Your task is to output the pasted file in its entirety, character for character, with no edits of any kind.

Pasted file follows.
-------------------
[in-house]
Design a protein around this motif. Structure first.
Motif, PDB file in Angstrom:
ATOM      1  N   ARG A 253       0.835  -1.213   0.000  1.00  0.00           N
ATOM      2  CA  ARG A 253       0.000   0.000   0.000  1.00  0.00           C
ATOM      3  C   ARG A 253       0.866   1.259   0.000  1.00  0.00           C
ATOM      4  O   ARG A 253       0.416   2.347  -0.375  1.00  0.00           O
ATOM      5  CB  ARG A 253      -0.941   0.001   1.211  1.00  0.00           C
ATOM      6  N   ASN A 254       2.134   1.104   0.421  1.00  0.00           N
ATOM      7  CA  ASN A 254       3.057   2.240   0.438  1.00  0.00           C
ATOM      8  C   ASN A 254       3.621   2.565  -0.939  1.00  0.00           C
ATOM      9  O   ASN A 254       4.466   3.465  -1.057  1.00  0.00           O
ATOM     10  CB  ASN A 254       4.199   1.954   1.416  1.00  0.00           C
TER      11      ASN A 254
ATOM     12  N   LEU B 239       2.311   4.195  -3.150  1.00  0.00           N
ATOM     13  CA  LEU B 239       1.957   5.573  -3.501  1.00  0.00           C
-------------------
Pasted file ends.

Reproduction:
[in-house]
Design a protein around this motif. Structure first.
Motif, PDB file in Angstrom:
ATOM      1  N   ARG A 253       0.835  -1.213   0.000  1.00  0.00           N
ATOM      2  CA  ARG A 253       0.000   0.000   0.000  1.00  0.00           C
ATOM      3  C   ARG A 253       0.866   1.259   0.000  1.00  0.00           C
ATOM      4  O   ARG A 253       0.416   2.347  -0.375  1.00  0.00           O
ATOM      5  CB  ARG A 253      -0.941   0.001   1.211  1.00  0.00           C
ATOM      6  N   ASN A 254       2.134   1.104   0.421  1.00  0.00           N
ATOM      7  CA  ASN A 254       3.057   2.240   0.438  1.00  0.00           C
ATOM      8  C   ASN A 254       3.621   2.565  -0.939  1.00  0.00           C
ATOM      9  O   ASN A 254       4.466   3.465  -1.057  1.00  0.00           O
ATOM     10  CB  ASN A 254       4.199   1.954   1.416  1.00  0.00           C
TER      11      ASN A 254
ATOM     12  N   LEU B 239       2.311   4.195  -3.150  1.00  0.00           N
ATOM     13  CA  LEU B 239       1.957   5.573  -3.501  1.00  0.00           C